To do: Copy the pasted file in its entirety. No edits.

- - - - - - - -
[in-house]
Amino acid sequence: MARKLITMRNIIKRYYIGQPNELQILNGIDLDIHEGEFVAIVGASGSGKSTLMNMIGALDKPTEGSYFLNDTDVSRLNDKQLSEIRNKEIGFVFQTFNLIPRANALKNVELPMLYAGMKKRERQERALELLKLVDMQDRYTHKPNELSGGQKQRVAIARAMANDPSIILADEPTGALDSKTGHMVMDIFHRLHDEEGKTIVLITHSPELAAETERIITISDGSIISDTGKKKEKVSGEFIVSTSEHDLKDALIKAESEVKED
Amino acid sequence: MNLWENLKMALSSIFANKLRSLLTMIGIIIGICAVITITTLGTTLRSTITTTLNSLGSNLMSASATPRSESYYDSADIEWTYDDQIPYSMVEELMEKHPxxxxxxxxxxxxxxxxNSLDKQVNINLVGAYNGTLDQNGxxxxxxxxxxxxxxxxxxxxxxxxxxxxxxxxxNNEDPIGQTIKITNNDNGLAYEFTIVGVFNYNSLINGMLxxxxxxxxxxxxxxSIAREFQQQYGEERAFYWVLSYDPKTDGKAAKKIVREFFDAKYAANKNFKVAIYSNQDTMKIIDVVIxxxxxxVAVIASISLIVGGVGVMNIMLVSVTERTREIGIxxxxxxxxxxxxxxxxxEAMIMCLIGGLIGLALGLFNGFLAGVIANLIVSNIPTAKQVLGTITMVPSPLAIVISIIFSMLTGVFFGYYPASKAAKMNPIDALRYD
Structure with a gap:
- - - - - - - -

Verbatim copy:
[in-house]
Amino acid sequence: MARKLITMRNIIKRYYIGQPNELQILNGIDLDIHEGEFVAIVGASGSGKSTLMNMIGALDKPTEGSYFLNDTDVSRLNDKQLSEIRNKEIGFVFQTFNLIPRANALKNVELPMLYAGMKKRERQERALELLKLVDMQDRYTHKPNELSGGQKQRVAIARAMANDPSIILADEPTGALDSKTGHMVMDIFHRLHDEEGKTIVLITHSPELAAETERIITISDGSIISDTGKKKEKVSGEFIVSTSEHDLKDALIKAESEVKED
Amino acid sequence: MNLWENLKMALSSIFANKLRSLLTMIGIIIGICAVITITTLGTTLRSTITTTLNSLGSNLMSASATPRSESYYDSADIEWTYDDQIPYSMVEELMEKHPxxxxxxxxxxxxxxxxNSLDKQVNINLVGAYNGTLDQNGxxxxxxxxxxxxxxxxxxxxxxxxxxxxxxxxxNNEDPIGQTIKITNNDNGLAYEFTIVGVFNYNSLINGMLxxxxxxxxxxxxxxSIAREFQQQYGEERAFYWVLSYDPKTDGKAAKKIVREFFDAKYAANKNFKVAIYSNQDTMKIIDVVIxxxxxxVAVIASISLIVGGVGVMNIMLVSVTERTREIGIxxxxxxxxxxxxxxxxxEAMIMCLIGGLIGLALGLFNGFLAGVIANLIVSNIPTAKQVLGTITMVPSPLAIVISIIFSMLTGVFFGYYPASKAAKMNPIDALRYD
Structure with a gap: